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Joseph Mensah (Wisconsin Police Officer ) Biography, Wiki, Age, Family, Net Worth, Twitter, Instagram, Facebook

Joseph Mensah (Wisconsin Police Officer ) Biography, Joseph Mensah Wiki

Joseph Mensah, a Black police officer in Wauwatosa, Wisconsin who has been the focal point of controversy over three fatal on-duty shootings, says protesters assaulted, punched, tried to kill, and shot at him and his girlfriend at her house on Saturday night, August 8. He claims they were chanting “Black Lives Matter” during the incident.


In a Facebook post written in the early morning hours of August 9, Mensah wrote,

Last night, protesters came to my girlfriend’s house while I was there, and tried to kill me. I was unarmed and tried to defend my property and the property of my girlfriend. We were both assaulted, punched, and ultimately shot at several times. A shotgun round missed me by inches. Not once did I ever swing back or reciprocate any the hate that was being directed at me. I am all for peaceful protests, even against me, but this was anything but peaceful. They threw toilet paper in her trees, broke her windows, and again, shot at both of us as they were trying to kill me. There are children that live there any the knew that. The irony in all of this is that they chanted Black Lives Matter the entire time, but had zero regard for any of the black children that live there or me, a black man.

Vaun Mayes, a prominent and controversial Black Lives Matter activist in Milwaukee, wrote through Facebook after being asked to comment: “What I will say is they are taking advantage of the moment. I can’t say who lead what. What I can say is I didn’t lead a damn thing and what happened should NOT have…. Yes, they got into a scuffle with some protestors. From what witnesses say, Mensah grabbed at one of the protestor’s weapons on a sling and the gun fired.” You can read Mayes’ full comment later in this article.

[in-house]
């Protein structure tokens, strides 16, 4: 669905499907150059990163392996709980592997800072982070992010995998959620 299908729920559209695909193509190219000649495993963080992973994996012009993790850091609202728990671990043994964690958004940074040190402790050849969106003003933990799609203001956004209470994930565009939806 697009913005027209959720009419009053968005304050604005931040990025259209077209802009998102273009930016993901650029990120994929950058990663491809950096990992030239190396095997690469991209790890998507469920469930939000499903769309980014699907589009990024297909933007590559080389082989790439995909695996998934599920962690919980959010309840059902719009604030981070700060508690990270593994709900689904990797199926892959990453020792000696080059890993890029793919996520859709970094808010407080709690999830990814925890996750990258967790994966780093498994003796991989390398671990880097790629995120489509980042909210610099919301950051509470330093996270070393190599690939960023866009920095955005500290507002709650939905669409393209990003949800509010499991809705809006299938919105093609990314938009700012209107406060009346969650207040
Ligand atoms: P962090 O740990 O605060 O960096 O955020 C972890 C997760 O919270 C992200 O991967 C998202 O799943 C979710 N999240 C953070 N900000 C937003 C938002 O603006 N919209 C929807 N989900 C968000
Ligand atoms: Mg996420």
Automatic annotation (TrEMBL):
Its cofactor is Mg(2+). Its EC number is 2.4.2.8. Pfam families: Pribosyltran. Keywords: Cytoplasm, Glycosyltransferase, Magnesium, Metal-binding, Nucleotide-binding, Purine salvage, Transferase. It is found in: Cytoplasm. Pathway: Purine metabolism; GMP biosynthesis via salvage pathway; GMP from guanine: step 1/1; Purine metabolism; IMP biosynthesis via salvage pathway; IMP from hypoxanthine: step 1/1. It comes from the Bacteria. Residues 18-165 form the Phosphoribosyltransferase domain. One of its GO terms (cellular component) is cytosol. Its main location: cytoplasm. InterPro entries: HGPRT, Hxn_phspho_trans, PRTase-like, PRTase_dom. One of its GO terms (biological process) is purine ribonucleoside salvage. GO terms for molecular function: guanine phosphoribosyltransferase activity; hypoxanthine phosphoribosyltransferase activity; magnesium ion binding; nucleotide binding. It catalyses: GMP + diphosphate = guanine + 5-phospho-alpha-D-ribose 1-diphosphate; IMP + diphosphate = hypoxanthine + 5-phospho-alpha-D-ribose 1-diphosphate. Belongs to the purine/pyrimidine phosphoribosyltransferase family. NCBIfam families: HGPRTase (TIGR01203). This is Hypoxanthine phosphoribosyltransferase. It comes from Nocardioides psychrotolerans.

After reaching out to Mensah for comment, he wrote through Facebook: “There is a difference between a peaceful protest, and a plan to trespass on private property with the intent to damage it. My girlfriend and I had every right to defend the property from those that trespassed on it. At the end of the day, protesters chose to come to that house, no one forced them to. They chose to stay, they chose to damage property, they chose to assault us. Their decision to come onto the porch, continue their assault on unarmed and defenseless police officers, and ultimately try kill me was their decision and their decision alone. The incident is currently under investigation and the evidence will speak for itself.”